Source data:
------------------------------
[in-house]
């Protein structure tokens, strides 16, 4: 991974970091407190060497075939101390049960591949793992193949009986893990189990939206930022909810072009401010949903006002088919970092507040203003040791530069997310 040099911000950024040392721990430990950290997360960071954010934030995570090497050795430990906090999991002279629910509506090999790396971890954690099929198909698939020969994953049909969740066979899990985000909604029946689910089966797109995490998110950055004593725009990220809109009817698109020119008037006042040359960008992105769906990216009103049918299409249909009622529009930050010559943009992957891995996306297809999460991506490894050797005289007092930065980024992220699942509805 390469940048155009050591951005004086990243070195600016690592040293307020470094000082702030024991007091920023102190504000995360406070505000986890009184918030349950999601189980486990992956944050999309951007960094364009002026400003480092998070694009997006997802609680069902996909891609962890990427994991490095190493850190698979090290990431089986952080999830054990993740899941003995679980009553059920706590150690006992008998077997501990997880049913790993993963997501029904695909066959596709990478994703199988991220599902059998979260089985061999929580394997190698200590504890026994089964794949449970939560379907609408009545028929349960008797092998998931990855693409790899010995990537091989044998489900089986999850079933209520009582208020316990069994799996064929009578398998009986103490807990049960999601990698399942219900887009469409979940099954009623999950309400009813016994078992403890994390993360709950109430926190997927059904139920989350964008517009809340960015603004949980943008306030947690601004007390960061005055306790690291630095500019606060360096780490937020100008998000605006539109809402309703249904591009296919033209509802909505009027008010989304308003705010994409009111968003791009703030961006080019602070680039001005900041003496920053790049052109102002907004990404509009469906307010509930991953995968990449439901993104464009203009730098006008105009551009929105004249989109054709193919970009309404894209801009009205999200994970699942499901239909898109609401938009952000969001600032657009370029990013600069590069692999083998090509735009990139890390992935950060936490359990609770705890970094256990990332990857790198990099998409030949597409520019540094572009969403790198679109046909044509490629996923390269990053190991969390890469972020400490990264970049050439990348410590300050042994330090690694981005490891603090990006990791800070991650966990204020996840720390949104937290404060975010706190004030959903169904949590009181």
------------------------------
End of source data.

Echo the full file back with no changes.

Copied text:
[in-house]
């Protein structure tokens, strides 16, 4: 991974970091407190060497075939101390049960591949793992193949009986893990189990939206930022909810072009401010949903006002088919970092507040203003040791530069997310 040099911000950024040392721990430990950290997360960071954010934030995570090497050795430990906090999991002279629910509506090999790396971890954690099929198909698939020969994953049909969740066979899990985000909604029946689910089966797109995490998110950055004593725009990220809109009817698109020119008037006042040359960008992105769906990216009103049918299409249909009622529009930050010559943009992957891995996306297809999460991506490894050797005289007092930065980024992220699942509805 390469940048155009050591951005004086990243070195600016690592040293307020470094000082702030024991007091920023102190504000995360406070505000986890009184918030349950999601189980486990992956944050999309951007960094364009002026400003480092998070694009997006997802609680069902996909891609962890990427994991490095190493850190698979090290990431089986952080999830054990993740899941003995679980009553059920706590150690006992008998077997501990997880049913790993993963997501029904695909066959596709990478994703199988991220599902059998979260089985061999929580394997190698200590504890026994089964794949449970939560379907609408009545028929349960008797092998998931990855693409790899010995990537091989044998489900089986999850079933209520009582208020316990069994799996064929009578398998009986103490807990049960999601990698399942219900887009469409979940099954009623999950309400009813016994078992403890994390993360709950109430926190997927059904139920989350964008517009809340960015603004949980943008306030947690601004007390960061005055306790690291630095500019606060360096780490937020100008998000605006539109809402309703249904591009296919033209509802909505009027008010989304308003705010994409009111968003791009703030961006080019602070680039001005900041003496920053790049052109102002907004990404509009469906307010509930991953995968990449439901993104464009203009730098006008105009551009929105004249989109054709193919970009309404894209801009009205999200994970699942499901239909898109609401938009952000969001600032657009370029990013600069590069692999083998090509735009990139890390992935950060936490359990609770705890970094256990990332990857790198990099998409030949597409520019540094572009969403790198679109046909044509490629996923390269990053190991969390890469972020400490990264970049050439990348410590300050042994330090690694981005490891603090990006990791800070991650966990204020996840720390949104937290404060975010706190004030959903169904949590009181």